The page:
A contribution by prof. Gabriele Grea, researcher, and lecturer at TU Berlin and Bocconi University. He has been featuring the Sustainable Bus Tour VideoSpotlight “End of Public Transport as We Know It?”, broadcasted on 14th December (REPLAY AVAILABLE)

With flexible services we mean those complementary services to mass transport that insert elements of flexibility in the transport offer in space and time. In space, going to fit into the territories and relationships (for example first-last mile, or door-to-door) not served by the traditional offer, over time going to integrate the existing offer at times in which the services of fixed schedules and routes are costly and ineffective at meeting demand.

Traditional public transport operates within fixed routes, stops, and timetables while flexible DRT service usually doesn’t use the same route, stops or even timetable. These characteristics make the DRT service more adequate in answering users’ mobility needs, not only in the areas with low demand but also during the periods with low demand (weekends, holidays, and nights).

There are four main operational concepts of DRT service:

(1) route deviation with fixed stops
(2) point deviation with fixed stops
(3) destination demand-responsive transport
(4) pure demand-responsive transport.

Considering the market, there are today 870 projects surveyed at a global level. Around one third is in Europe, and 70 per cent can be conducted to the public transport traditional use case, but other use cases are emerging such as paratransit and some B2B opportunities.

Most of these projects are on a small scale and engage less that 5 vehicles per program, but in the last years bigger projects have been developed specially in Germany, UK and France, involving in some cases over 100 vehicles.

prof. Gabriele Grea, researcher, and lecturer at TU Berlin and Bocconi University.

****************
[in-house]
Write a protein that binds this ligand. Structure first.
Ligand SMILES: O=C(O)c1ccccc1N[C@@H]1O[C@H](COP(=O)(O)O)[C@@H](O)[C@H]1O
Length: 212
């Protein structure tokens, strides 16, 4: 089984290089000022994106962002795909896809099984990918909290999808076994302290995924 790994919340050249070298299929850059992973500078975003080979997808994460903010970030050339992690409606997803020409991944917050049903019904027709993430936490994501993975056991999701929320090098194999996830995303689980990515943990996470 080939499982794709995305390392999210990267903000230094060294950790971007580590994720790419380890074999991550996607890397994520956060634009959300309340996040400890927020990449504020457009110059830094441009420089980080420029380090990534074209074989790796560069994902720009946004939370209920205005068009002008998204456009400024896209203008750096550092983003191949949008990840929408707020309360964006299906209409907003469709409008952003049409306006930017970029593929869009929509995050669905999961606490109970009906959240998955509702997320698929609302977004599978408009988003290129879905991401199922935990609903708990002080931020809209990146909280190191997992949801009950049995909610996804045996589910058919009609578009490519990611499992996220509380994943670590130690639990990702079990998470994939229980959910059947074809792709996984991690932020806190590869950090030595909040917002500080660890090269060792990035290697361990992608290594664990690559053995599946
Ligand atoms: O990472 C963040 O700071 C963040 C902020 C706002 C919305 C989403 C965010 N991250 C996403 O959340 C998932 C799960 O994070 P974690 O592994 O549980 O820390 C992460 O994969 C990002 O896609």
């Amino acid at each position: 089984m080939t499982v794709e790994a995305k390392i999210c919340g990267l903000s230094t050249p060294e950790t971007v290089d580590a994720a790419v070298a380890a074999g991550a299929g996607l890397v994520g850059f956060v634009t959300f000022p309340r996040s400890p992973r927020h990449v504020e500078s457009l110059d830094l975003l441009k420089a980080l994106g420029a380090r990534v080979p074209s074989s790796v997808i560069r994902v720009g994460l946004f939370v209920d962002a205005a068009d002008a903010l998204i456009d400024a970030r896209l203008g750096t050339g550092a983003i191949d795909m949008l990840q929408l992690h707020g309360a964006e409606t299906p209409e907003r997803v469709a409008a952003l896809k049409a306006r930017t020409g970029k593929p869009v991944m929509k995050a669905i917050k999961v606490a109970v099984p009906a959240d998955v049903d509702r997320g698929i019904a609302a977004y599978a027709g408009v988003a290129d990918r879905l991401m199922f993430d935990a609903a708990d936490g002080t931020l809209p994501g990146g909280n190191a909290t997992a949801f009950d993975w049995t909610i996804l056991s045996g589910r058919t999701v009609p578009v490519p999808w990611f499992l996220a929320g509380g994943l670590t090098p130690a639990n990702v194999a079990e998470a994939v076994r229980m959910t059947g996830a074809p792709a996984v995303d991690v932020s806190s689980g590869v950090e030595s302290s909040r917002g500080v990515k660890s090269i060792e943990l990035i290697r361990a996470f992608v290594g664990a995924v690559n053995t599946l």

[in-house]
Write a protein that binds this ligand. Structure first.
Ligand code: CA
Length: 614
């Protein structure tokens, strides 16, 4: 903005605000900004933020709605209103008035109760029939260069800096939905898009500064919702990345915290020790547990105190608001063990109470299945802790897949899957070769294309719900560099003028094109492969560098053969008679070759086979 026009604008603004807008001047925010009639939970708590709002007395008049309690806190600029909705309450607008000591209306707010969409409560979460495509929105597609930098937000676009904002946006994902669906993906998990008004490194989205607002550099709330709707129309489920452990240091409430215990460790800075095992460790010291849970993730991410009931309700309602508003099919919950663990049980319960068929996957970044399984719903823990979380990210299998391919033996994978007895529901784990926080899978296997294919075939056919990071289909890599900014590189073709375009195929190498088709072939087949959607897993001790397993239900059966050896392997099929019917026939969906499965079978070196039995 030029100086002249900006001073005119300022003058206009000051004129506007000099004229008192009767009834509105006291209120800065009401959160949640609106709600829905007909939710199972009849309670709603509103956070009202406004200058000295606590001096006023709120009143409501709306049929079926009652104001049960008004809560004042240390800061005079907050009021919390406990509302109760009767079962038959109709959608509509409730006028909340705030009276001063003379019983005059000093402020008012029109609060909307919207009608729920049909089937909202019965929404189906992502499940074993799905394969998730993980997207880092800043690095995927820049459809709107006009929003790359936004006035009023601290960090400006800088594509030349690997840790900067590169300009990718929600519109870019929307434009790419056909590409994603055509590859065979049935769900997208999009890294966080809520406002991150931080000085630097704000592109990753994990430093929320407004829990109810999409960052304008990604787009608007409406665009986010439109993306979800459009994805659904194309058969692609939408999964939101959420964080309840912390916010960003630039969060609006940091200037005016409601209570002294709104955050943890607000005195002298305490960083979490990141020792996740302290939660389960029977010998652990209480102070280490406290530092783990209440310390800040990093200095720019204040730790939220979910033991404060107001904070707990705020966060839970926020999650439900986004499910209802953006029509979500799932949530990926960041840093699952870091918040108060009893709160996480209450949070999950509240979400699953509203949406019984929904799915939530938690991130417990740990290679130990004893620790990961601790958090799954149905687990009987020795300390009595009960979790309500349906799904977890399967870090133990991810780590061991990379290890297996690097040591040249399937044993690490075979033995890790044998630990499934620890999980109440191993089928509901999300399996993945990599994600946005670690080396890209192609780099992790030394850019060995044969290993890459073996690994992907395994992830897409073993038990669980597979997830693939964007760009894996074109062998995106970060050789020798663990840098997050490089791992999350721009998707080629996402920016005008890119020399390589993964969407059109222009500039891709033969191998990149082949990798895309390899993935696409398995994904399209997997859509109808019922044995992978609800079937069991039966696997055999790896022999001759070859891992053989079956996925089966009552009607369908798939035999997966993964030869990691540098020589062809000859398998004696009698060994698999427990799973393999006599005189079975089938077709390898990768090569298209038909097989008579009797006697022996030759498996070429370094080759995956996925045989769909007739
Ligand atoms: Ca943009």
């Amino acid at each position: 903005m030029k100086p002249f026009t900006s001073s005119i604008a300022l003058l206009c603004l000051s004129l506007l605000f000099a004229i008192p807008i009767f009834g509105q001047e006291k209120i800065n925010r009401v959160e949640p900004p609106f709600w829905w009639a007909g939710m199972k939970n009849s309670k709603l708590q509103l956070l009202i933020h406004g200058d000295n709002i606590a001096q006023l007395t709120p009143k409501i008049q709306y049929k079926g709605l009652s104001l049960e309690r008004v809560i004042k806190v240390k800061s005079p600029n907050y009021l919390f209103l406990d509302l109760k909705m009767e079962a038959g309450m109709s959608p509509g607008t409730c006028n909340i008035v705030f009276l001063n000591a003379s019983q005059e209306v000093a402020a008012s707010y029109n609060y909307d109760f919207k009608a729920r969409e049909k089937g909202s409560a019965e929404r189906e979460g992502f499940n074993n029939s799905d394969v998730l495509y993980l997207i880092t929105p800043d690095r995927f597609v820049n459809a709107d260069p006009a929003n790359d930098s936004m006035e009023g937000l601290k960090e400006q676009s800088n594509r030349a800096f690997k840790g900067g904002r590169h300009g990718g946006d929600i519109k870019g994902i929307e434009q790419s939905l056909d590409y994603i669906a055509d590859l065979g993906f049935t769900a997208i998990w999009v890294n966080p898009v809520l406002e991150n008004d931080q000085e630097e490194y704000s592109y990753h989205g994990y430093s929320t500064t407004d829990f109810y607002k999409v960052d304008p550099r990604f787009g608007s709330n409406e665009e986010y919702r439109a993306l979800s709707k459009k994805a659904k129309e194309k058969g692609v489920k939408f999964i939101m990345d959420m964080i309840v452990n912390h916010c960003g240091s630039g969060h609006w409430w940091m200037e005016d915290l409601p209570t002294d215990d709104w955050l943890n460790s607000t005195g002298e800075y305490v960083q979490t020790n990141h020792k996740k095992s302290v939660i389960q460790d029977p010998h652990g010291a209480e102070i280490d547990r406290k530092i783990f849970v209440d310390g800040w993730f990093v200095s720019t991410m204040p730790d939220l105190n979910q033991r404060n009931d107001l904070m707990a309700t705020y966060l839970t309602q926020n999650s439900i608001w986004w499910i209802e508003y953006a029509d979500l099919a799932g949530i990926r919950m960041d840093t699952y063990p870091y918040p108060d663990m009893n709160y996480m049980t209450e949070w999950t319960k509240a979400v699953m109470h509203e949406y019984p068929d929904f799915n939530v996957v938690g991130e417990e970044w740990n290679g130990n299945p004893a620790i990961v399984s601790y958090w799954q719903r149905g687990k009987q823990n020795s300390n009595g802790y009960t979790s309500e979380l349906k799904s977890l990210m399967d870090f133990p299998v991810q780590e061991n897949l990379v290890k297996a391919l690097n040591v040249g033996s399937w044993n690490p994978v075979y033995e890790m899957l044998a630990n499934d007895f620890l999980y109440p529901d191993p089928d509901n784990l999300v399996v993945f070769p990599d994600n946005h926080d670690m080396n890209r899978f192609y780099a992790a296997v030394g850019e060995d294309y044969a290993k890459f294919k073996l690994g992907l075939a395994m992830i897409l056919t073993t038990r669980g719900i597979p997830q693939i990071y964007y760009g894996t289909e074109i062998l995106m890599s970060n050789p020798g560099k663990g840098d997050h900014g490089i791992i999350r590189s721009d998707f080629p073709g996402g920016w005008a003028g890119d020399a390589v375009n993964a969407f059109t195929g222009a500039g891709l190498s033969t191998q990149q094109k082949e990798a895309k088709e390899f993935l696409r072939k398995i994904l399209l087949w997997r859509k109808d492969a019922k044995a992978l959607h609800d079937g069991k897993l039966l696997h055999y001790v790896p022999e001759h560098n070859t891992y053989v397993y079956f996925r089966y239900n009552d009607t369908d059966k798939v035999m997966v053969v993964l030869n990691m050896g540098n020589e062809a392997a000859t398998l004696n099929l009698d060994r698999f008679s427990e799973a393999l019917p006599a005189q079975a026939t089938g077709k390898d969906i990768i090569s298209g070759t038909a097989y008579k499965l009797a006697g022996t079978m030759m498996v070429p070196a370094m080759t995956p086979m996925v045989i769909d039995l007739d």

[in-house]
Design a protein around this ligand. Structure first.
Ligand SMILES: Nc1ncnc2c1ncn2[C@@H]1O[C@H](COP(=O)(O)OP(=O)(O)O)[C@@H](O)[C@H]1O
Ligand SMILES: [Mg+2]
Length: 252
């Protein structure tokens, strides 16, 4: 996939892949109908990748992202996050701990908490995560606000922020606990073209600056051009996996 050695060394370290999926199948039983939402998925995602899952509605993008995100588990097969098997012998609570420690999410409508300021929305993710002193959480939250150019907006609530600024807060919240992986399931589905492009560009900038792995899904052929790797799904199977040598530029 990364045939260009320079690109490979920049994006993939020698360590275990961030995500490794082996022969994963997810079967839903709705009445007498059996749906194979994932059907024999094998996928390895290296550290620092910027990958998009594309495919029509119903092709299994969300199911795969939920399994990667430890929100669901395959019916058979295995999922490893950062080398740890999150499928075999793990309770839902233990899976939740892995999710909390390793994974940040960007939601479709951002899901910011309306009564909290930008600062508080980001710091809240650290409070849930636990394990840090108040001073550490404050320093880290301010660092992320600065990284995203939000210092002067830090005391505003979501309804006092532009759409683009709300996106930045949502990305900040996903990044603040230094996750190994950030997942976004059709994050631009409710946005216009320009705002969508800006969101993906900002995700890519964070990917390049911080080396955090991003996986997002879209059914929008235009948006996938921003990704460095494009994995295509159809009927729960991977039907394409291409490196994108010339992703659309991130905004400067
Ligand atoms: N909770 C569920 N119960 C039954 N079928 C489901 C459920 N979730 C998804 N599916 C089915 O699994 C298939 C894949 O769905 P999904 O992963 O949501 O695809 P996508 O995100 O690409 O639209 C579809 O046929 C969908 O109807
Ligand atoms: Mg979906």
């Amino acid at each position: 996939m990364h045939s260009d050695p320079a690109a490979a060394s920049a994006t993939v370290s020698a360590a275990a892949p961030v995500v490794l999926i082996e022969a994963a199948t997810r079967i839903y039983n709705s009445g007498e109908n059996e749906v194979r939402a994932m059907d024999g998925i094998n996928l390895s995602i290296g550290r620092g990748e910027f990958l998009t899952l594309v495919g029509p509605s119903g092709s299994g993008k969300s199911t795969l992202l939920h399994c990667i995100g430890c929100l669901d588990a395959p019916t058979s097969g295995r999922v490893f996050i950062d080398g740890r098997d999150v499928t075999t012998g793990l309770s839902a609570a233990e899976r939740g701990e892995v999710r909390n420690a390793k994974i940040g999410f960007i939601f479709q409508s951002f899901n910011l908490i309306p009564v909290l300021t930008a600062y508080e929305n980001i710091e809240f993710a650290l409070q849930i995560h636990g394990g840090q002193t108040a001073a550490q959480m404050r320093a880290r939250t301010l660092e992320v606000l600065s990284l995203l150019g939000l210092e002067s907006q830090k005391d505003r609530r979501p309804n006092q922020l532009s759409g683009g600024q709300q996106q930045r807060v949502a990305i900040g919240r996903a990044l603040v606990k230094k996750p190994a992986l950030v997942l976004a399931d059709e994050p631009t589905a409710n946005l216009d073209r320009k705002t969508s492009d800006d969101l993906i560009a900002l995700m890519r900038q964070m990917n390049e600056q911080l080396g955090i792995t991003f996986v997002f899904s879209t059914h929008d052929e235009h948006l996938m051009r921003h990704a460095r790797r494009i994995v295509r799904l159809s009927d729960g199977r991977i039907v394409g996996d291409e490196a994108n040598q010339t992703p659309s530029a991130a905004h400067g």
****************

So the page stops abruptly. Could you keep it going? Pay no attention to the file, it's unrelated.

drt public transport

DRT solutions, a real push for public transport’ offer

Demand Responsive Transit (DRT) services are frequently identified as a useful solution to improve the connectivity of areas with low demand and population density thanks to the greater flexibility compared to scheduled local public transport services.

But DRT potential includes a range of applications such as:

  • Night/off peak services in urban areas;
  • Feeders for the public transport core network in peripheral areas;
  • B2B solutions for companies and big demand generators/attractors;
  • Non Emergency Medical Transportation;
  • Leasure and tourism oriented services;

And more in general, DRT offers the possibility to use public transport resources more efficiently, to reach new potential demand not satisfied by traditional transport options.

A look at the market of DRT applications

Considering the market, there are today 870 projects surveyed at a global level. Around one third is in Europe, and 70 per cent can be conducted to the public transport traditional use case, but other use cases are emerging such as paratransit and some B2B opportunities.

Most of these projects are on a small scale and engage less that 5 vehicles per program, but in the last years bigger projects have been developed specially in Germany, UK and France, involving in some cases over 100 vehicles.

Governance, operations, business case of DRT: challenges!

DRT services are often developed as stand-alone solutions to specific needs, the potential of scalable strategies and solutions is widely underestimate, as their integration in local transport networks.

In order to make DRT become a functional and integral part of regional mobility networks, enhancing accessibility for citizens, territorial cohesion and social inclusion, we have to look both at the governance, operational and business aspects.

Concerning governance approaches, in many countries the development of a regulatory framework defining their fields of applicability and supporting their development, also through systematic integration into regional, urban and metropolitan mobility plans (PRT, SUMP), is missing or incomplete. A systematic integration into regional and urban mobility plans would be highly beneficial in order to make DRT more central into networks.

One of the objectives of Dream_peace project, launched earlier this year and lasting for two years, covering six regions in five European countries, is to promote the integration of DRT into SUMP methodology in order to support the innovative aspects of DRT concepts into regional mobility networks.

Operationally, the integration with public transport, but also with other services with different degrees of flexibility (e.g. taxi, pooling and other informal services) is the key to modulate on-demand services around the needs of communities and territories with diverse characteristics and objectives, from fulfilling connectivity needs to primary networks, to guaranteeing accessibility to remote areas and vulnerable users groups.

And last but not least, under the business sustainability point of view, it’s fundamental to promote synergies between different policy sectors, better segment demand and tariffs, promote new collaborative business models engaging different stakeholders where appropriate.

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